For the fourth quarter ended Feb. 3, the retailer earned $1.29 a share on revenue of $19.71 billion, slightly ahead of Wall Street estimates on both counts. The company also said analysts' fiscal 2007 estimate for earnings of $3.60 a share is "within range of the likely outcome."
Target has gotten so large that the days of blowout upside surprises are probably a thing of the past. Nevertheless, quarter in and quarter out, the company shows itself to be a retail powerhouse.
You may not be likely to double your money in a few years by investing in Target, but I suspect a 15% annual return over the next two years, not including the company's nominal dividend, is very doable. Here's why.
Target continues to find ways to ramp sales. Whether it's bringing in lifestyle brands such as GO International or expanding its grocery offerings, customers have new reasons to spend at Target.
Not only are shoppers buying, they are increasingly charging the merchandise to the Target credit card. Credit revenue grew nearly 19.5% in fiscal 2007, while merchandise sales climbed 12.9%.
Management said it will increase its food offerings during the year. While that may put a crimp in margins (groceries are notoriously low-margin), it should drive sales. It's not difficult to imagine the Target customer who comes in to pick up a pair of jeans and a top, leaving with milk, eggs and ingredients for tonight's dinner -- and vice versa.
Target, while competing on price with rival
, continues to differentiate itself from the retail giant. The company plans to introduce merchandise this year that cater to a more upscale clientele, with offerings such as yoga and dance wear and Burt's Bees health and beauty products.
Target squeezed out a 19-basis-point improvement in gross margin in the fourth quarter. On the call, the company's management said not to expect much margin improvement in the coming year because of the impact of food sales. Management may, however, be conservative and able to eke out a few points of improvement.
Credit revenue growth is expected to exhibit continued strength, though it may be difficult to match last year's blistering growth rate. This is a high-margin source of revenue, so a bull would like to see the company continue to post significant gains in this category.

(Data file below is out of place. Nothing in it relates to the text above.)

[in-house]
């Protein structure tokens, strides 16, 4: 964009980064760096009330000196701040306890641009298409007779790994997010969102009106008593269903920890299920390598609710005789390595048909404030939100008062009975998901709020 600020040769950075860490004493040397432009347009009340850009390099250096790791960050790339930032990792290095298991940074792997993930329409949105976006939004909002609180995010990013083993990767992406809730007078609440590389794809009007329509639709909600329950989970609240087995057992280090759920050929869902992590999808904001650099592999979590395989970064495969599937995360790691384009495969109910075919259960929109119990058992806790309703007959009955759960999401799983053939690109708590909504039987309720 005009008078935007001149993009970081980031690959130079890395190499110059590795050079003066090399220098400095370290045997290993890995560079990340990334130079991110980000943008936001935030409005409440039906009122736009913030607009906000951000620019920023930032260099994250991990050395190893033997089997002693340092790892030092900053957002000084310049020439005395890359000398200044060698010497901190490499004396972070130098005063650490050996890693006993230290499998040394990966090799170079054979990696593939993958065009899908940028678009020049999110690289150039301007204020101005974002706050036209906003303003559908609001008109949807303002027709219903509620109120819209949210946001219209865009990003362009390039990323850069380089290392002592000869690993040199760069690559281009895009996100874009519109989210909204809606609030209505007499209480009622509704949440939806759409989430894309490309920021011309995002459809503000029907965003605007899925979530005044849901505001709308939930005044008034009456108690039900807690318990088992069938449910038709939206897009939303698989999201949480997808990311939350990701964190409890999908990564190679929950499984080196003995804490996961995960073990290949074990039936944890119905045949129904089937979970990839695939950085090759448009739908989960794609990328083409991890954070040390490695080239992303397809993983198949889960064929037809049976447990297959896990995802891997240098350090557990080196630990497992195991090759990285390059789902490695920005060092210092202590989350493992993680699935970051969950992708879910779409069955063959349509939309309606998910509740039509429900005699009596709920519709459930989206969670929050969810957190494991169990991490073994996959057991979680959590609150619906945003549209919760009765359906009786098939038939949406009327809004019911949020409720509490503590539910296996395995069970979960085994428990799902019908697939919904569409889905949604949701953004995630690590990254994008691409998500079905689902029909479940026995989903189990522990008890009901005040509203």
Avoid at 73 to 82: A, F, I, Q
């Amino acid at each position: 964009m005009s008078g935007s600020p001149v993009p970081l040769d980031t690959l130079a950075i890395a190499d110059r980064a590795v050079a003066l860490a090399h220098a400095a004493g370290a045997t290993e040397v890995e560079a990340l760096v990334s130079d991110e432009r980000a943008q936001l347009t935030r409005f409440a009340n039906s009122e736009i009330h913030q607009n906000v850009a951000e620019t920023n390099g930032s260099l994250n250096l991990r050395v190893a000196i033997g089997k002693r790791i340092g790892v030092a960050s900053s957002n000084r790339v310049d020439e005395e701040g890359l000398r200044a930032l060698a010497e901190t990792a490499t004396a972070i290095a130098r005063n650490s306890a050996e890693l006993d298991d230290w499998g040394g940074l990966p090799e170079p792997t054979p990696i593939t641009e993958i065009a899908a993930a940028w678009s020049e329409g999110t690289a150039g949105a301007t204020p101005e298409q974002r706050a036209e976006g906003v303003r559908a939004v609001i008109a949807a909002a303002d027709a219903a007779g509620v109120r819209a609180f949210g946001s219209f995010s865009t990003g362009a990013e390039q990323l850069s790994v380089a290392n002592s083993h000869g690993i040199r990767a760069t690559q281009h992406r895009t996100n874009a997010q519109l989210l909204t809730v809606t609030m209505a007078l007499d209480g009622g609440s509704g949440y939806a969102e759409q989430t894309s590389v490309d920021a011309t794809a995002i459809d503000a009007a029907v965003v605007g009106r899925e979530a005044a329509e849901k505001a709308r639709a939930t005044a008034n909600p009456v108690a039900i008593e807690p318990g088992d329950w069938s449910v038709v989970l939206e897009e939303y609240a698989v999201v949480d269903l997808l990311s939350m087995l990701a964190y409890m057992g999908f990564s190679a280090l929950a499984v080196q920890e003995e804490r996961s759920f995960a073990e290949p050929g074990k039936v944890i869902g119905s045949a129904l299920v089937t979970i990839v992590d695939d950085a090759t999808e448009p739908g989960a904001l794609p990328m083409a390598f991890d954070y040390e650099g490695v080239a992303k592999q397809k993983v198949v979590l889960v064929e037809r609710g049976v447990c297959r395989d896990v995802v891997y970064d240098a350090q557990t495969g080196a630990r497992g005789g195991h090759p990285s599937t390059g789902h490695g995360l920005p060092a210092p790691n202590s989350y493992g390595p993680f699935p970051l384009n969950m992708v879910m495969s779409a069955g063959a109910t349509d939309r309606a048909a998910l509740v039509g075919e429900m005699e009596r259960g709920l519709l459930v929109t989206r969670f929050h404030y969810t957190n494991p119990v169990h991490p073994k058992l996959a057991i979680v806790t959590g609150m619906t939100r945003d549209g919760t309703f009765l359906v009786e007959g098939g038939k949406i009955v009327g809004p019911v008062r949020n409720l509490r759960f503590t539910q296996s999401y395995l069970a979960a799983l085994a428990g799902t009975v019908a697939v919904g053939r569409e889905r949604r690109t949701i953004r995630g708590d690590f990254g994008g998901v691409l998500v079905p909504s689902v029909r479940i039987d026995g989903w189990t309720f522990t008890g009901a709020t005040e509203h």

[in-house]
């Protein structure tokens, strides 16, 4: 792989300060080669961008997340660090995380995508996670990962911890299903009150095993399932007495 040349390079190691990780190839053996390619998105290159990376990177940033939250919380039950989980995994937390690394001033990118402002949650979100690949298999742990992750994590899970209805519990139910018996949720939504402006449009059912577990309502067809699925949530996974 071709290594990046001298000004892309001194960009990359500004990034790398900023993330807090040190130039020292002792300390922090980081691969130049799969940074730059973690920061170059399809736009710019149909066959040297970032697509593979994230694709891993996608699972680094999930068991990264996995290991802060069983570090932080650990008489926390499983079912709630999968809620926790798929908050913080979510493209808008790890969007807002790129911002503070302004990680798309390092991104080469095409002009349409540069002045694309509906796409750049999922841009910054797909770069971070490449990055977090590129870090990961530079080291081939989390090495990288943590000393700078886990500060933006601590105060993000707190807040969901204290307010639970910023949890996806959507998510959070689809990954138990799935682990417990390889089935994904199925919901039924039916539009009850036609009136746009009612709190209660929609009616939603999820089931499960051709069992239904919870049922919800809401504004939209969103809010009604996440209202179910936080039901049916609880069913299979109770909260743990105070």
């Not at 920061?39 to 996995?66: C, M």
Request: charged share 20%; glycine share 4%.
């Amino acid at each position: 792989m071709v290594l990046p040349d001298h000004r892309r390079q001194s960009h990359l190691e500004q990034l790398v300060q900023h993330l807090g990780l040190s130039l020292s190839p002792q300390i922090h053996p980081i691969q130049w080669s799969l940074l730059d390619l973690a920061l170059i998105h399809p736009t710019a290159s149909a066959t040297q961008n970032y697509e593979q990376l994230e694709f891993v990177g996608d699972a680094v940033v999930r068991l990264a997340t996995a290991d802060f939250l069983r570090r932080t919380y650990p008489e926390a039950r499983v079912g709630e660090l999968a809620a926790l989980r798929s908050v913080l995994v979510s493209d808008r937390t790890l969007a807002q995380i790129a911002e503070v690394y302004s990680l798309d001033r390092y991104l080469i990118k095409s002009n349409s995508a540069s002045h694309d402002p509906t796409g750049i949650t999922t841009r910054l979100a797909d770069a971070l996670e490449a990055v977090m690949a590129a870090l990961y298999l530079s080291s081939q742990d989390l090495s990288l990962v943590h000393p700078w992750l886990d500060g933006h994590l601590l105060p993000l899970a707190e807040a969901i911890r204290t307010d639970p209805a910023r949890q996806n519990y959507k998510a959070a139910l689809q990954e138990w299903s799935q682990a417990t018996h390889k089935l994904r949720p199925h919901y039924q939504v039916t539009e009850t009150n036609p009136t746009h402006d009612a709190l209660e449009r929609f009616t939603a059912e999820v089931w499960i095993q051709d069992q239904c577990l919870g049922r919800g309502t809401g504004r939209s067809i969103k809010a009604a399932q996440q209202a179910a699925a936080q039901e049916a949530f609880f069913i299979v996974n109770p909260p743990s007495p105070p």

Target also has $1.5 billion left of a $5 billion stock repurchase program. The company aims to complete its buybacks by the end of 2008. Assuming management does repurchase shares in 2007, that should boost earnings per share as well.
Target has a track record of under-promising and over-delivering. The company has beaten Wall Street's target in seven of the past eight quarters (and matched the forecast in the eighth). On Tuesday, management endorsed Wall Street's prediction for EPS of $3.60 in 2007. Analysts are calling for earnings per share of $4.11 in 2008 (prior to any adjustments after the earnings call).
At Tuesday's closing price of $59.40, Target is trading at 18.9 times trailing 12 month's earnings of $3.21 per share. Should the company hit the $4.11 estimate that Wall Street is calling for in 2008 and keeps its current multiple, the stock would trade at $78.
While it's difficult to make an apples-to-apples comparison between Target and its competitors, Wal-Mart and
are probably the best choices to compare valuations.
On metrics such as price-to-earnings ratio, Target is more expensive than Wal-Mart but cheaper than Costco. When you look at price-to-sales and price-to-book, Target is the most expensive of the three. However, it has the strongest growth rate, and on price-earnings-to-growth it is the biggest bargain of the three at 1.25 times its 15% growth rate.
The technicals look positive as well. After more than doubling between March 2003 and July 2005, the stock carved out a base until it broke out of that range in January of this year. With Target trading near support at $60, this appears to be a low-risk entry point. A meaningful break of support at 60 could indicate a significant correction.
New investors may want to consider scaling in with a small investment now and wait to see how the stock handles the selloff. That way, if Tuesday's action was an anomaly and the bull ride continues, investors will have some exposure. On the other hand, if Tuesday truly was the beginning of the end of the bull, investors will have some bullets in the chamber to pick up shares of a best-of-breed discount retailer at lower prices.
In keeping with TSC's editorial policy, Lichtenfeld doesn't own or short individual stocks. He also doesn't invest in hedge funds or other private investment partnerships.
Marc Lichtenfeld was previously an analyst at Avalon Research Group and The Weiss Group and a trader at Carlin Equities. He holds NASD 86, 87, 7 and 63 licenses. His prior journalism experience includes being a reporter/anchor for On24 in San Francisco and a managing editor of InvestorsObserver, a personal finance Web site. He is a graduate of the State University of New York at Albany. He appreciates your feedback;
to send him an email.